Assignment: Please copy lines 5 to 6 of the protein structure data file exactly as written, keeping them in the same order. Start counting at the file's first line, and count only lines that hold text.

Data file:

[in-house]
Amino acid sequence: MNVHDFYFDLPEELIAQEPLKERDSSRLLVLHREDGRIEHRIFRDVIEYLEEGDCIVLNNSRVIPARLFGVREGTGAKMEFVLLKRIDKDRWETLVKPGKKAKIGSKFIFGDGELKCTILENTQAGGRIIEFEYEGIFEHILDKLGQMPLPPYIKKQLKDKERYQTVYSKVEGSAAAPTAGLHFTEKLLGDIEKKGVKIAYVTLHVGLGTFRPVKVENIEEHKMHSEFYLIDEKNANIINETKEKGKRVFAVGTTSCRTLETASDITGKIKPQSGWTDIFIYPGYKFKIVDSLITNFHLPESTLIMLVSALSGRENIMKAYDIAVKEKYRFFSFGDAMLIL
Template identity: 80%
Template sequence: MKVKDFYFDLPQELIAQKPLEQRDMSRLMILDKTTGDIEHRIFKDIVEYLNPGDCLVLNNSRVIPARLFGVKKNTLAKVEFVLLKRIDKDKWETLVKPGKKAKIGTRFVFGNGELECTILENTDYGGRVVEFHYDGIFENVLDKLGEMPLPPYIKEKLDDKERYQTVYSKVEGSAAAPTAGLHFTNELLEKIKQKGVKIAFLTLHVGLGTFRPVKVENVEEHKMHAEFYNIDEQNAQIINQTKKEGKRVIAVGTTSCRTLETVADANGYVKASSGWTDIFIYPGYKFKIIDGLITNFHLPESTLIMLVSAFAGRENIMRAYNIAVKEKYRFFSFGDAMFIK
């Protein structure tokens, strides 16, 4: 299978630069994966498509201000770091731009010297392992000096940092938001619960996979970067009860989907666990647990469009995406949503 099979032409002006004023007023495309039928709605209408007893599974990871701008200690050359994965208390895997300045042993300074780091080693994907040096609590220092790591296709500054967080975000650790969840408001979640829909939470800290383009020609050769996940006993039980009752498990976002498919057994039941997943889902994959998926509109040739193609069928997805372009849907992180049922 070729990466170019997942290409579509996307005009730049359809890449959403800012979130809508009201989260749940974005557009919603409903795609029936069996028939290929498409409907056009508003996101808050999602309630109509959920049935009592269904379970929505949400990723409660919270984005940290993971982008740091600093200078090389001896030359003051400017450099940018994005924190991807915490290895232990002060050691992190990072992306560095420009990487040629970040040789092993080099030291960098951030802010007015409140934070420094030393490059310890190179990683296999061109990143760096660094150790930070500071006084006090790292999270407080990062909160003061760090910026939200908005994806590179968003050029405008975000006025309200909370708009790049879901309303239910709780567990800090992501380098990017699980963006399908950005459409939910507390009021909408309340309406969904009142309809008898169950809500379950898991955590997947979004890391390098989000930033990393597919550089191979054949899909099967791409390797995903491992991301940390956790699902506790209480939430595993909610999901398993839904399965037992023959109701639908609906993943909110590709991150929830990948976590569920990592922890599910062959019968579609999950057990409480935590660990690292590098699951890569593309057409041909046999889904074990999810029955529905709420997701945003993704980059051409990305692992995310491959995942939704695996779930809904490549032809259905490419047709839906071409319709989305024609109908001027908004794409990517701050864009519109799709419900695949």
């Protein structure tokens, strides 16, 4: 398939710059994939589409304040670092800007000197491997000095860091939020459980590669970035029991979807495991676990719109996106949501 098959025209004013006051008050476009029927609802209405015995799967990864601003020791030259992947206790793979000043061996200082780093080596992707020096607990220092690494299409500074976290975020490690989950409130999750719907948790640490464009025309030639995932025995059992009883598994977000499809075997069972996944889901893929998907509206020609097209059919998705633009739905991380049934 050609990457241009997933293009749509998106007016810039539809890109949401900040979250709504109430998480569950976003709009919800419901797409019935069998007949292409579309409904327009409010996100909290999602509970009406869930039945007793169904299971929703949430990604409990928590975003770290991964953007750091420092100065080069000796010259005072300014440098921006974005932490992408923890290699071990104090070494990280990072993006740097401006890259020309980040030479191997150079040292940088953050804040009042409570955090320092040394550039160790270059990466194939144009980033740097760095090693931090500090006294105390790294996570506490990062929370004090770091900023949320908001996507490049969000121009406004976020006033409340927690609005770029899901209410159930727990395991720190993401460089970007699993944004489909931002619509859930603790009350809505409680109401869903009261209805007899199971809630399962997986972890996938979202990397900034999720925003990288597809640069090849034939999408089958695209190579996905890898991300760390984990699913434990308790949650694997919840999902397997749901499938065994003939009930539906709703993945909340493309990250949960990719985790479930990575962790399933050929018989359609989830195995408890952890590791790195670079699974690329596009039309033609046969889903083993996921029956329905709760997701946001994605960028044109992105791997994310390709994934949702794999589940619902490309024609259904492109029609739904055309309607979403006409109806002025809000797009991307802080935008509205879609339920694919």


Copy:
């Protein structure tokens, strides 16, 4: 299978630069994966498509201000770091731009010297392992000096940092938001619960996979970067009860989907666990647990469009995406949503 099979032409002006004023007023495309039928709605209408007893599974990871701008200690050359994965208390895997300045042993300074780091080693994907040096609590220092790591296709500054967080975000650790969840408001979640829909939470800290383009020609050769996940006993039980009752498990976002498919057994039941997943889902994959998926509109040739193609069928997805372009849907992180049922 070729990466170019997942290409579509996307005009730049359809890449959403800012979130809508009201989260749940974005557009919603409903795609029936069996028939290929498409409907056009508003996101808050999602309630109509959920049935009592269904379970929505949400990723409660919270984005940290993971982008740091600093200078090389001896030359003051400017450099940018994005924190991807915490290895232990002060050691992190990072992306560095420009990487040629970040040789092993080099030291960098951030802010007015409140934070420094030393490059310890190179990683296999061109990143760096660094150790930070500071006084006090790292999270407080990062909160003061760090910026939200908005994806590179968003050029405008975000006025309200909370708009790049879901309303239910709780567990800090992501380098990017699980963006399908950005459409939910507390009021909408309340309406969904009142309809008898169950809500379950898991955590997947979004890391390098989000930033990393597919550089191979054949899909099967791409390797995903491992991301940390956790699902506790209480939430595993909610999901398993839904399965037992023959109701639908609906993943909110590709991150929830990948976590569920990592922890599910062959019968579609999950057990409480935590660990690292590098699951890569593309057409041909046999889904074990999810029955529905709420997701945003993704980059051409990305692992995310491959995942939704695996779930809904490549032809259905490419047709839906071409319709989305024609109908001027908004794409990517701050864009519109799709419900695949």
């Protein structure tokens, strides 16, 4: 398939710059994939589409304040670092800007000197491997000095860091939020459980590669970035029991979807495991676990719109996106949501 098959025209004013006051008050476009029927609802209405015995799967990864601003020791030259992947206790793979000043061996200082780093080596992707020096607990220092690494299409500074976290975020490690989950409130999750719907948790640490464009025309030639995932025995059992009883598994977000499809075997069972996944889901893929998907509206020609097209059919998705633009739905991380049934 050609990457241009997933293009749509998106007016810039539809890109949401900040979250709504109430998480569950976003709009919800419901797409019935069998007949292409579309409904327009409010996100909290999602509970009406869930039945007793169904299971929703949430990604409990928590975003770290991964953007750091420092100065080069000796010259005072300014440098921006974005932490992408923890290699071990104090070494990280990072993006740097401006890259020309980040030479191997150079040292940088953050804040009042409570955090320092040394550039160790270059990466194939144009980033740097760095090693931090500090006294105390790294996570506490990062929370004090770091900023949320908001996507490049969000121009406004976020006033409340927690609005770029899901209410159930727990395991720190993401460089970007699993944004489909931002619509859930603790009350809505409680109401869903009261209805007899199971809630399962997986972890996938979202990397900034999720925003990288597809640069090849034939999408089958695209190579996905890898991300760390984990699913434990308790949650694997919840999902397997749901499938065994003939009930539906709703993945909340493309990250949960990719985790479930990575962790399933050929018989359609989830195995408890952890590791790195670079699974690329596009039309033609046969889903083993996921029956329905709760997701946001994605960028044109992105791997994310390709994934949702794999589940619902490309024609259904492109029609739904055309309607979403006409109806002025809000797009991307802080935008509205879609339920694919």